Investments in banks’ equity, at times risky, are bearing fruit for Italian pension funds Inarcassa and Enpam.

Inarcassa, the pension fund for self-employed engineers and architects in Italy, took profit on Monte Paschi’s stock after a market increase in prices compared to the price of reference of the 2022 capital increase, the scheme said.

In 2022, the Inarcassa board of directors approved a capital increase launched by Monte Paschi, in view of the bank’s 2022-2026 business plan and to strengthen its balance sheet.

This year, Monte dei Paschi has obtained approval from the European Central Bank to pay its first dividend in 13 years of €0.25 per share, for a total amount of approximately €315m, as it recorded a €2bn profit in 2023.

Italy flag

The Bank of Italy has distributed dividends to shareholders, including pension funds, for a total amount of €340m

The Bank of Italy has distributed dividends to shareholders, including pension funds, for a total amount of €340m, including €200m out of a net profit of €815m, and a further €140m taken from a special item for the stabilisation of dividends, based in the current dividend policy, it said.

For Enpam, Italy’s largest private pension fund with total assets over €25bn, the investment in Bank of Italy’s equity will yield returns of 4.5% with gross proceeds of €16.76m, it said.

“This year, too, despite the difficulties relating to high interest rates that the Bank of Italy itself had to pay to the European Central Bank, the strategic value of our investment [in the Bank of Italy] is confirmed,” said Enpam’s president Alberto Oliveti.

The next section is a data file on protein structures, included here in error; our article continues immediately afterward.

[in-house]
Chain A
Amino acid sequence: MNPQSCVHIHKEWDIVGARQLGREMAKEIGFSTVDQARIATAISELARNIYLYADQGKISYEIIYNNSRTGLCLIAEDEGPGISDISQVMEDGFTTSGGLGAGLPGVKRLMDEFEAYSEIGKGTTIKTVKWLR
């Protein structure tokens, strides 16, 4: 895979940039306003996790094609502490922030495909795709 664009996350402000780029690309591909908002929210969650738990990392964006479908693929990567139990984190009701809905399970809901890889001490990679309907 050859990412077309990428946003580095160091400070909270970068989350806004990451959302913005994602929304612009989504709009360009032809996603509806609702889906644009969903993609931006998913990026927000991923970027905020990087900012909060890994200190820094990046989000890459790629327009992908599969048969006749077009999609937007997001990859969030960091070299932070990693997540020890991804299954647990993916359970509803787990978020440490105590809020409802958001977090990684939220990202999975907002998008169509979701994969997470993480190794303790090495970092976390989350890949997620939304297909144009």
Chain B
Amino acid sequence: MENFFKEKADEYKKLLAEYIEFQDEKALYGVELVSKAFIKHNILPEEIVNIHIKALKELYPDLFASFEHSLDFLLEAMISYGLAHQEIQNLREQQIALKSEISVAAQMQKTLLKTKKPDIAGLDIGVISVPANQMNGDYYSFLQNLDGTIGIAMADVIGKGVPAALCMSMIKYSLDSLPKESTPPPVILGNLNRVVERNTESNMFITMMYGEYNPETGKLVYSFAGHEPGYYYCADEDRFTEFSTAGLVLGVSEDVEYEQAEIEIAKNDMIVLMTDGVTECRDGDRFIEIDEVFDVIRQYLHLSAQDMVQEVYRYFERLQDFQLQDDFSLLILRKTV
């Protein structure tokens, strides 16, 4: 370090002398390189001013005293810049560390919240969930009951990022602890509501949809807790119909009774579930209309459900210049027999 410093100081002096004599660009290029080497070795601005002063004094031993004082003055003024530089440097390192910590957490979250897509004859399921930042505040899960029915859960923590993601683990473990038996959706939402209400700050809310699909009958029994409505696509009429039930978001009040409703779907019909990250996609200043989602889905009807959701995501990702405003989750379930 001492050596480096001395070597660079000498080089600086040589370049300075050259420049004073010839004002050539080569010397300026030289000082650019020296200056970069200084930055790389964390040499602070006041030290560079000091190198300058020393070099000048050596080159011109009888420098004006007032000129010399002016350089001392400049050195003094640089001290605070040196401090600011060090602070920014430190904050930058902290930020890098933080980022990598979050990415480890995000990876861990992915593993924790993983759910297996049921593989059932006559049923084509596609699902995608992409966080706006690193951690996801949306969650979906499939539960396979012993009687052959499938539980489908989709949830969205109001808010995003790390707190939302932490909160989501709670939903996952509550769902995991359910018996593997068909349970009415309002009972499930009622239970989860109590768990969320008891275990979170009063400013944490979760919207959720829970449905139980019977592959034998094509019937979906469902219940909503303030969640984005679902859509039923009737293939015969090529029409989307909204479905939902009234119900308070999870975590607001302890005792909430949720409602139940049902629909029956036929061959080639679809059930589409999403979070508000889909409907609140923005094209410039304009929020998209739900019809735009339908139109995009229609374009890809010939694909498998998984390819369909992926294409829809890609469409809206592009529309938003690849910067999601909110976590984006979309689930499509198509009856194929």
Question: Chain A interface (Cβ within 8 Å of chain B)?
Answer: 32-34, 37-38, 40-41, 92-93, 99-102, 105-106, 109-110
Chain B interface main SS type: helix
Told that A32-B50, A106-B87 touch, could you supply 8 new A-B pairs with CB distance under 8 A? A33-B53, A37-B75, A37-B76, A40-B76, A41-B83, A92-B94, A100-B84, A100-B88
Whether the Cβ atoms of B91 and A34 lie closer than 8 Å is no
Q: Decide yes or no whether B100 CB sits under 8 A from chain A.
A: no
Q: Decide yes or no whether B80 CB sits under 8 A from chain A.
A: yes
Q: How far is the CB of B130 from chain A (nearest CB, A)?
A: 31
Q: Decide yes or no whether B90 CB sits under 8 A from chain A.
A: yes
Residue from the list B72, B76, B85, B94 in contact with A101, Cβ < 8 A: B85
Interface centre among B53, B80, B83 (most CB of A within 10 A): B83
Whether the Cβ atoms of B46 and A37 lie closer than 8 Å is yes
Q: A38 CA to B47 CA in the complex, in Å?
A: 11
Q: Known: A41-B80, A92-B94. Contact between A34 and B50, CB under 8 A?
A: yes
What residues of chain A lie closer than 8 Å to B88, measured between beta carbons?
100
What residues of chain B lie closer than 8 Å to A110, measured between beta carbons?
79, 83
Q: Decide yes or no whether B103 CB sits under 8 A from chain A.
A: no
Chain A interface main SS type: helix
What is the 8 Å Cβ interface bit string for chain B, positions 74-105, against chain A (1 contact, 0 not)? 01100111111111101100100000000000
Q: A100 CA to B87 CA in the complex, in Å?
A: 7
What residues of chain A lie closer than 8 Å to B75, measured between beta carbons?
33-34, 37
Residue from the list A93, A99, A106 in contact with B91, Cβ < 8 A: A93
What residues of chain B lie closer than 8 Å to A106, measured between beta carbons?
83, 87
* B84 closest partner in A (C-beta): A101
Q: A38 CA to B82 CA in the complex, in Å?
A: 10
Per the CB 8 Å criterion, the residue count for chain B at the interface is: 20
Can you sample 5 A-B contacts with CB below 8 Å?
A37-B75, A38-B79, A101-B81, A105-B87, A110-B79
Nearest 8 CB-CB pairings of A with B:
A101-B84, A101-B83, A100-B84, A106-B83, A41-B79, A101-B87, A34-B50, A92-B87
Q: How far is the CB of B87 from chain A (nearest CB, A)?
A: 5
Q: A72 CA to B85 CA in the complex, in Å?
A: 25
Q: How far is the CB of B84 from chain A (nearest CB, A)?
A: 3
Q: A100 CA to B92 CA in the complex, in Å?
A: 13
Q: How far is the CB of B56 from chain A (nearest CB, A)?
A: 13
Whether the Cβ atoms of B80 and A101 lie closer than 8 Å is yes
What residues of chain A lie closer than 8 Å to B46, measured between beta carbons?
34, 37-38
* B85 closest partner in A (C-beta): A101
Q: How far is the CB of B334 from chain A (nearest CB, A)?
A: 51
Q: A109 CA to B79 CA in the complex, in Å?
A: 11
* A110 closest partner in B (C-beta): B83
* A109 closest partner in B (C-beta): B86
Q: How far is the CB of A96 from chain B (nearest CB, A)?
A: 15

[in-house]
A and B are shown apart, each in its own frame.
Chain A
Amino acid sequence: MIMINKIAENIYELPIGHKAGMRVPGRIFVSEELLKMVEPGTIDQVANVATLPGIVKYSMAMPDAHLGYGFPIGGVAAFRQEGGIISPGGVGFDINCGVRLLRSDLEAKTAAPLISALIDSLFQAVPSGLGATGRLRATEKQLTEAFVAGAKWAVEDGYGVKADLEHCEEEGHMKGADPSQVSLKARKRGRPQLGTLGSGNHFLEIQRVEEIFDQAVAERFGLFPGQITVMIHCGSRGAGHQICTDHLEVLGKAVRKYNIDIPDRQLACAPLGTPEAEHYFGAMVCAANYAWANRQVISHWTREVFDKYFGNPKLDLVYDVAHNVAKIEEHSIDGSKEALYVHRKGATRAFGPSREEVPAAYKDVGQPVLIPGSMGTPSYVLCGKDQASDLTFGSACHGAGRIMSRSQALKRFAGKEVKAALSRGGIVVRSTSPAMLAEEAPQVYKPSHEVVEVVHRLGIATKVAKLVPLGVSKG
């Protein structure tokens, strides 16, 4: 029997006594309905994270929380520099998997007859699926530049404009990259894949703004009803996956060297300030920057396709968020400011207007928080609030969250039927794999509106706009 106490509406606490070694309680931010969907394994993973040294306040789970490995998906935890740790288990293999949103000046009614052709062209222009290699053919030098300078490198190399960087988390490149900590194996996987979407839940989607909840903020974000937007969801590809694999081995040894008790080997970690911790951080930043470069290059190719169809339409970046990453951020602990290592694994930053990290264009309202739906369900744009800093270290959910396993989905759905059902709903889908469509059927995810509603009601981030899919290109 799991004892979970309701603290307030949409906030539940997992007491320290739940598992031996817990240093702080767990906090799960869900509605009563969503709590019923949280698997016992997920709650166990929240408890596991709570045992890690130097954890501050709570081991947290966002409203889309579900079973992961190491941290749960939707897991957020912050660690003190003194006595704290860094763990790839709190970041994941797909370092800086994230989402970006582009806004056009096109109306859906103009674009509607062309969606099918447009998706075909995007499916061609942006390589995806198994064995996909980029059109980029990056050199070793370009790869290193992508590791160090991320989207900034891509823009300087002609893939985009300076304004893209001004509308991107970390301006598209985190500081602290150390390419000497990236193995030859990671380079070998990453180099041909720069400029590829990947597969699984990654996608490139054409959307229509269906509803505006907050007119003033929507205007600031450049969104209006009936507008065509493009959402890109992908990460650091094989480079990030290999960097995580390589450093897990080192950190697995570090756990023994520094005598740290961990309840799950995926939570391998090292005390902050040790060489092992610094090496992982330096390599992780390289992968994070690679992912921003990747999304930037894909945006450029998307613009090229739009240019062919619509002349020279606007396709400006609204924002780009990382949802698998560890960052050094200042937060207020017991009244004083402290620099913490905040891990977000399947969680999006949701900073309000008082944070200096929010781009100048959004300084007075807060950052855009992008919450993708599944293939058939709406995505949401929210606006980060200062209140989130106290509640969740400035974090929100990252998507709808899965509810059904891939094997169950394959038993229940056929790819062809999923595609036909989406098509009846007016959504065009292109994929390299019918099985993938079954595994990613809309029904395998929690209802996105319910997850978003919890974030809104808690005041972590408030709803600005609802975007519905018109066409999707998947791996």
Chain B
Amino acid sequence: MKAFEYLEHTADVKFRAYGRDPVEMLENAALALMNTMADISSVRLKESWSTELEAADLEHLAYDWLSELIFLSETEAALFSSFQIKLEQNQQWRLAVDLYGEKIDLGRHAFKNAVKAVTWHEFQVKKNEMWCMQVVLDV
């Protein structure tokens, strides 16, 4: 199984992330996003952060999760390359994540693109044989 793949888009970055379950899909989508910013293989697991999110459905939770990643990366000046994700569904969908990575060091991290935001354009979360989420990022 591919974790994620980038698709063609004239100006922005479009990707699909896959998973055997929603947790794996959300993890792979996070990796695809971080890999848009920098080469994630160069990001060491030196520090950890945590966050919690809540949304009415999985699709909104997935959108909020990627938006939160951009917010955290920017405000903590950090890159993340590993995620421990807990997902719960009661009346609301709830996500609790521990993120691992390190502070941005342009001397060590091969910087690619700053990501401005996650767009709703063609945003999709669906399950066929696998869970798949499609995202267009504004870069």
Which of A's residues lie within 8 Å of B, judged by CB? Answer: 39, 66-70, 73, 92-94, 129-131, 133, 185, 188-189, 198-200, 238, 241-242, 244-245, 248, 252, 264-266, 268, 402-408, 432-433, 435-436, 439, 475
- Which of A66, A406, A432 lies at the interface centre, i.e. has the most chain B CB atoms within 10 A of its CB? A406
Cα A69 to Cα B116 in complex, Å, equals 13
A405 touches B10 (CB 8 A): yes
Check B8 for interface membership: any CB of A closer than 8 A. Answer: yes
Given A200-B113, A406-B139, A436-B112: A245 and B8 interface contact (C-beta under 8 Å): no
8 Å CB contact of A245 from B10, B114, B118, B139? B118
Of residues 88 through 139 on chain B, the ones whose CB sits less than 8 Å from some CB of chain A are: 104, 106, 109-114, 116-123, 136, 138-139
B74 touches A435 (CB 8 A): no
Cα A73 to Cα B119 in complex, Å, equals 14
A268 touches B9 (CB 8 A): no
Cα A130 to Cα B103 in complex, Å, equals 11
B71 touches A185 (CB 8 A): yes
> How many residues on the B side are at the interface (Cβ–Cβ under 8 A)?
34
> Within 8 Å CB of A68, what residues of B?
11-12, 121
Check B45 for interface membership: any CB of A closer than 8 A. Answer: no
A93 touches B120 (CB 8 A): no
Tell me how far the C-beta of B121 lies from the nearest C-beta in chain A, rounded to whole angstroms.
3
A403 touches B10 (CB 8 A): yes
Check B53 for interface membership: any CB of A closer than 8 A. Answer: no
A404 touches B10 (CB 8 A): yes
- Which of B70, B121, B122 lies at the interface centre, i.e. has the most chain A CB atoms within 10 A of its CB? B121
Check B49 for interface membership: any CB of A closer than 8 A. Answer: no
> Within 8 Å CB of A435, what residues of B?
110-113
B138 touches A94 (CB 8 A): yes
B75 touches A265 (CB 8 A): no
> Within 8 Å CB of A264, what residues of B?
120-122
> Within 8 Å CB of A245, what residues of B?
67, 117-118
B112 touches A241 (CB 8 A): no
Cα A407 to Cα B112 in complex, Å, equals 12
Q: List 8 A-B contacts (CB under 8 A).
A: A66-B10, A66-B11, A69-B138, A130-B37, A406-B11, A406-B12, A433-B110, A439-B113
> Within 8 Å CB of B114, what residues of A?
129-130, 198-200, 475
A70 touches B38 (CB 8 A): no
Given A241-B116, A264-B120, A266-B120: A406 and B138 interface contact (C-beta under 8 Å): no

He added: “In addition to having a significant financial return, the investment [in the Bank of Italy] allows Enpam, together with the other first pillar pension schemes part of Adepp [Italy’s association of private pension funds] that are among the shareholders, to play a role in supporting the Italian banking system.”

The Bank of Italy’s capital is equal to a €7.5trn divided into 300,000 registered shares, which by law can be held exclusively by banks, insurance and reinsurance companies, foundations, social security institutions and pension funds registered in Italy.

Nine pension funds hold 17,640 registered shares in the bank, and 14 social security and first pillar schemes, including Inarcassa, hold 96,000 registered shares, as of the end of last year, according to the central bank’s latest financial statement.

The remaining registered shares are in the hands of 98 banks, 10 insurance groups, and 42 banking foundations, according to the statement. Shareholders can hold by law a maximum 5% of the capital, directly or indirectly.

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